There are good reasons to follow along and get a local Kubernetes cluster:
- learn more about containers and orchestration
- experimentation is a great way to learn
- gain new skills and understanding
I will be writing more about CI/CD tooling that targets Kubernetes, and starting with documenting how I created my local cluster makes what I'm writing about easier for others to reproduce.
Kubernetes is an Open Source container orchestration system. Kubernetes' API provides a uniform control layer for managing containerized services. There is a lot of great material available that explains what Kubernetes is. See
Further Reading at the end for some suggestions.
After five years managing physical servers, then another four years working with VM clusters, the value of Linux Containers(LXC) and their eventual productization as Docker appealed to me.
Three years of creating and evolving internal tooling to manage hosting and configuration of Dockerized microservices ended when I discovered Kubernetes in the fall of 2016.
At that time, I migrated a pricy Heroku deployment to a self-managed Kubernetes cluster in AWS that expanded our capabilities, reduced maintenance efforts, increased capacity, and slashed our hosting costs by more than half.
Today there are quite a few ways to get a Kubernetes experience on a local machine. Here are a few that I'm most familiar with and have tried at one point or another:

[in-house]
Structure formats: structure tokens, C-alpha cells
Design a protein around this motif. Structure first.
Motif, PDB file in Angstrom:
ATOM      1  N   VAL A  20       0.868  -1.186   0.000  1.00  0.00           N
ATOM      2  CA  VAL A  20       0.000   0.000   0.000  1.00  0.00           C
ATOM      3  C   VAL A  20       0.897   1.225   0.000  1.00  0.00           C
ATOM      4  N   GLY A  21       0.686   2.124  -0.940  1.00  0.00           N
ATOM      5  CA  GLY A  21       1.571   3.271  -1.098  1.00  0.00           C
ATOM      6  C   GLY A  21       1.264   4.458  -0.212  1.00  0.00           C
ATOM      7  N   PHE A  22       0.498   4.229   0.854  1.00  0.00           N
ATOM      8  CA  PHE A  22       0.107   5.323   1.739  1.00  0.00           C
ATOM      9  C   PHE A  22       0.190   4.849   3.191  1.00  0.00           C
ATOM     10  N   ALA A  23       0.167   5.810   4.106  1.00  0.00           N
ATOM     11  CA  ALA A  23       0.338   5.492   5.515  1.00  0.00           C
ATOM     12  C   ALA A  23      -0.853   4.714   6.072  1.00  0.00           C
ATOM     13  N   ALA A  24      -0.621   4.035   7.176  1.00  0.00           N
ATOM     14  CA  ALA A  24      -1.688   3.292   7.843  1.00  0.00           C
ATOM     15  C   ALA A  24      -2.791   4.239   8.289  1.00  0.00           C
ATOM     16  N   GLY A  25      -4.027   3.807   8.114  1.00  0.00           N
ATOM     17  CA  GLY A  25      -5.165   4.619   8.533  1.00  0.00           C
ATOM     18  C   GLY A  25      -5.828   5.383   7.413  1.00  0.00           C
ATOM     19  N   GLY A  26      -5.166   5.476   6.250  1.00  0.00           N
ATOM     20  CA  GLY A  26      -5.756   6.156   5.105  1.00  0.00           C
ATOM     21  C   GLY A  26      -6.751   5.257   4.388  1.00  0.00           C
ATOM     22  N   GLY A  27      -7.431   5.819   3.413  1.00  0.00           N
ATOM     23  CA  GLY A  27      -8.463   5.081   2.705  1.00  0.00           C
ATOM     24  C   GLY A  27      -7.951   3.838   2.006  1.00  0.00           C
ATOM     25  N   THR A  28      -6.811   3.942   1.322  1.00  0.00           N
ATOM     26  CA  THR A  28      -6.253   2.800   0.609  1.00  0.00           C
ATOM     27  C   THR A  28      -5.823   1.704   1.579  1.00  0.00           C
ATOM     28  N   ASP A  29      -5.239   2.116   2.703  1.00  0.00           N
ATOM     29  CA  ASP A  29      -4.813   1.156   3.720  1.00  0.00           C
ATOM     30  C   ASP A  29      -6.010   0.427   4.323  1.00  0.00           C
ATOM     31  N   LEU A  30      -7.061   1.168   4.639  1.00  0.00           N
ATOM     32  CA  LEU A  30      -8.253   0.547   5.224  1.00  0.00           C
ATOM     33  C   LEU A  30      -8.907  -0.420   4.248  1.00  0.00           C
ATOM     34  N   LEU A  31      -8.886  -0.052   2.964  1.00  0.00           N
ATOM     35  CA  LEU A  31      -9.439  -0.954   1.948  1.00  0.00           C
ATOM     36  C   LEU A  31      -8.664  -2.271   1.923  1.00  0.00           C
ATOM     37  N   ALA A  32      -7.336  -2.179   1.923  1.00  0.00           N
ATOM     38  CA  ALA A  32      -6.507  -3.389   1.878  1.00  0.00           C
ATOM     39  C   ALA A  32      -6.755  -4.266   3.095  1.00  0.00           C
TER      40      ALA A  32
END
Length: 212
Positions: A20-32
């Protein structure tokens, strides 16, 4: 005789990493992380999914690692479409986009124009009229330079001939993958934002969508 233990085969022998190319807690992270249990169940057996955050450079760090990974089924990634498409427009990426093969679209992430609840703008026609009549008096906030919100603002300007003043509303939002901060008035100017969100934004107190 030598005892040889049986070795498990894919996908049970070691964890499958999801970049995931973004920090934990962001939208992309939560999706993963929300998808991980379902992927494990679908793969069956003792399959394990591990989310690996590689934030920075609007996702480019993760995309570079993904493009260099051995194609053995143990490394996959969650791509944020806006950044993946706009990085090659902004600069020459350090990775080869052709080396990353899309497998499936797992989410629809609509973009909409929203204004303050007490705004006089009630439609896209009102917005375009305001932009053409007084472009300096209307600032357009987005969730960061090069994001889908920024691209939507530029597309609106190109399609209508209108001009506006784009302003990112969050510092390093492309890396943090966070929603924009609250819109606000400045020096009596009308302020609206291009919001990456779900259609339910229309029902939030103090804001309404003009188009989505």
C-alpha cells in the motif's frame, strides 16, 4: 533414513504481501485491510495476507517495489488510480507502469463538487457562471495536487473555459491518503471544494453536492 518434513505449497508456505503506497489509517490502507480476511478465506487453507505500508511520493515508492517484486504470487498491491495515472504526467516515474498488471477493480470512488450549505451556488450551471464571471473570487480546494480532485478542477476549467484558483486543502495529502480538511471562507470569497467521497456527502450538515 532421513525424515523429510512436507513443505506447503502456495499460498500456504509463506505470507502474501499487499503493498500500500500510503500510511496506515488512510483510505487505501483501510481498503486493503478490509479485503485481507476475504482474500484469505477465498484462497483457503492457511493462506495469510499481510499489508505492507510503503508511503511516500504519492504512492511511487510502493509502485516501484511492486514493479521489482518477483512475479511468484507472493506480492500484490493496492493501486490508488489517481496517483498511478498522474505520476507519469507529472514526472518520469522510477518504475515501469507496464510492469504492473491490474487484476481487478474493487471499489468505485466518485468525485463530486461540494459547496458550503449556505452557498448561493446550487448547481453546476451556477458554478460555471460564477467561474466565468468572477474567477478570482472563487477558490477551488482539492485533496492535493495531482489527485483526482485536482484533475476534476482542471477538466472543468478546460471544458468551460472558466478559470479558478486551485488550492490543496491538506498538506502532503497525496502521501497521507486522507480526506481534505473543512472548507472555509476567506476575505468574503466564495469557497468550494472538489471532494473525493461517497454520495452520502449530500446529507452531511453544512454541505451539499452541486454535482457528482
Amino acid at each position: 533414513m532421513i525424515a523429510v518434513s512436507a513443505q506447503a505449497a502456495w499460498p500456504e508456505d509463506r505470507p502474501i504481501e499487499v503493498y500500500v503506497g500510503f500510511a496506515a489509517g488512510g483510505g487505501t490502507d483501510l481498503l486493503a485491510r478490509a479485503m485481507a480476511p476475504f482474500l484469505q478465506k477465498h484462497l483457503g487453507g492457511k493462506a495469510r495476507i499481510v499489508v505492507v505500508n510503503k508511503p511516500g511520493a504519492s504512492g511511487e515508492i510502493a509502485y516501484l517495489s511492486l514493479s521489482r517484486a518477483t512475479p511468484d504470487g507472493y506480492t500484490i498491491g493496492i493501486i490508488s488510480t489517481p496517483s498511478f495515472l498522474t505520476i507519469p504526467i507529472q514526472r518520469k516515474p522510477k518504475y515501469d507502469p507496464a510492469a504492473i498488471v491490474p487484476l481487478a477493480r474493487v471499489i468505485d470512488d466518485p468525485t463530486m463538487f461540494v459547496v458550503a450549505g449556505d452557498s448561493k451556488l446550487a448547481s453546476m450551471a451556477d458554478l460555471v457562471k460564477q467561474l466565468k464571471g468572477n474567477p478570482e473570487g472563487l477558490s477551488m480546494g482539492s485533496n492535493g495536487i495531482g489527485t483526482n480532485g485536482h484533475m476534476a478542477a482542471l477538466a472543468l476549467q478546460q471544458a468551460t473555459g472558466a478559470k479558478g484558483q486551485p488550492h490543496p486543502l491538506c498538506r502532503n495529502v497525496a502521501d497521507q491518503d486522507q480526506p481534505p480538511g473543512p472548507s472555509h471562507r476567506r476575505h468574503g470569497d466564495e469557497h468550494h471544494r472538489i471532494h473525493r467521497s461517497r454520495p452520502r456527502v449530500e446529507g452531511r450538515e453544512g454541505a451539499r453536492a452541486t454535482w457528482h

microk8s is Canonical's packaged Kubernetes cluster purpose-built for more straightforward installs. Like Rancher Lab's k3s, Canonical built microk8s for local development, edge computing, and IoT applications.
For this post, I chose my Windows desktop running the following:
- Windows 10.0.19044.2364
- WSL2 22.214.171.124
- Debian GNU/Linux 11 (bullseye)
- Kernel Linux 126.96.36.199-microsoft-standard-WSL2
Some of the steps I share are specific to my environment. You may have to adjust the approach to work for you if you're running a different Linux distribution or version.
My WSL Debian container required two changes before I could install microk8s. I needed to enable systemd and install Canonical's Snap package manager.
You can enable systemd by creating (or adding to) the file
You'll need to restart WSL after this:
- Close your WSL terminal window
wsl.exe --shutdownfrom a PowerShell terminal
- Re-open your WSL terminal window
Now that systemd is up, install Snap with the following set of commands:
sudo apt update
sudo apt install snapd
To install microk8s:
sudo snap install microk8s --classic
I use zsh, so I needed to:
- add Snap's bin folder to my path
- add an alias for microk8s.
I edited my
~/.zshrc file to source the alias file and add Snap's bin folder to my path:
I created an alias file
~/.zsh_aliases and added the contents:
alias k8s='m8s kubectl'
Finally, I sourced my changes back into the current console session with the following:
To verify everything is working, issue the command:
k8s get nodes
You should see something like the following:
NAME STATUS ROLES AGE VERSION
computer-name Ready <none> 9h v1.26.0
Now that I have a working cluster, the next thing I'll write about is to add some essential features like role based authentication (RBAC) and a dashboard.